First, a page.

Robert Huber published an article on race relations (specifically from the perspective of a White person) in Philadelphia magazine. It is a long piece and touched on a lot of issues. The mayor is upset and looking to score political points.
An article in Philadelphia magazine, Being White in Philly, has prompted a public rebuke from city Mayor Michael Nutter, who called its tone "disgusting" and asked a city commission to investigate the racial issues it explores. "I applaud the mayor for asking for an inquiry into the state of racial issues in Philadelphia," said the magazine’s editor, Tom McGrath. "[H]is sophomoric statements about the magazine and mischaracterization of the piece make me wonder if he’s more interested in scoring political points than having a serious conversation about the issues."
Here is a 4-paragraph excerpt from Page 2 of the article.
Early on, during my walks around northern Fairmount, I’m surprised by a couple of things. One is the international flavor. On a warm Sunday in October, I buttonhole a woman I’ll call Anna, a tall, slim, dark-haired beauty from Moscow getting out of her BMW on an alley just south of Girard College. Anna goes to a local law school, works downtown at a law firm, and proceeds to let me have it when we start talking about race in her neighborhood.
“I’ve been here for two years, I’m almost done,” she says. “Blacks use skin color as an excuse. Discrimination is an excuse, instead of moving forward. … It’s a shame—you pay taxes, they’re not doing anything except sitting on porches smoking pot … Why do you support them when they won’t work, just make babies and smoking pot? I walk to work in Center City, black guys make compliments, ‘Hey beautiful. Hey sweetie.’ White people look but don’t make comments. … ”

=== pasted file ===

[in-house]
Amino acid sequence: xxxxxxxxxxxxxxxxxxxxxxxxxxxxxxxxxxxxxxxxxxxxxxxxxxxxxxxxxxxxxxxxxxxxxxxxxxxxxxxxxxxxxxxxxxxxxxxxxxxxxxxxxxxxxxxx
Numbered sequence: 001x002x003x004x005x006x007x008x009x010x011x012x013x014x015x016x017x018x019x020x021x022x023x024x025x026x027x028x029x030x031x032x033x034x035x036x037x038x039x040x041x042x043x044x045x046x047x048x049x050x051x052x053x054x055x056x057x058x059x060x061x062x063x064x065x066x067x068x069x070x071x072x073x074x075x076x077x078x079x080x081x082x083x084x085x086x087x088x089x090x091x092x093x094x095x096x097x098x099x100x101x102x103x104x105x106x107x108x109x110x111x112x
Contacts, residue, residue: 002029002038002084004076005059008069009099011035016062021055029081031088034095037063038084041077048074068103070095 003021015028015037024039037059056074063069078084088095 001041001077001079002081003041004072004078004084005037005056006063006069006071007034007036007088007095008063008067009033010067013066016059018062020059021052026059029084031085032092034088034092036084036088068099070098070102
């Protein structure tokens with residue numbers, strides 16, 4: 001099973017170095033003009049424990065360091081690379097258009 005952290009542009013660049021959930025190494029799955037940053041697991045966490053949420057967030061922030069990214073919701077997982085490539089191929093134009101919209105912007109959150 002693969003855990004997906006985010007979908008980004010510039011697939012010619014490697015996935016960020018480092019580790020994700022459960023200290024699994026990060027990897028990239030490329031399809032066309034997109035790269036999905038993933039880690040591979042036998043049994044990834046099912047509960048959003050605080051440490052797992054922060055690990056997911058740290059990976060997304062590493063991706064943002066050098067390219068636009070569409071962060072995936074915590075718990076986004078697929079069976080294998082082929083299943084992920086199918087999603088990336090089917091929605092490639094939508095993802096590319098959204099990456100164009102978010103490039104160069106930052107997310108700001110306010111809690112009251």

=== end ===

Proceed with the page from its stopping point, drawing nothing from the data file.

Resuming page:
That’s the other surprise: If you’re not an American, the absence of a historical filter results in a raw view focused strictly on the here and now. I meet a contractor from Maine named Adrian, who brought his Panamanian wife to live here, at 19th and Girard, where she saw fighting and drug deals and general bad behavior at the edge of Brewerytown. It all had her co-nvinced there is a “moral poverty” among inner-city blacks.
American whites I talk to in Fairmount have a decidedly different take. Our racial history, as horrible and daunting as it is, has created a certain tolerance of how things operate in the neighborhood, an acceptance of an edgy status quo.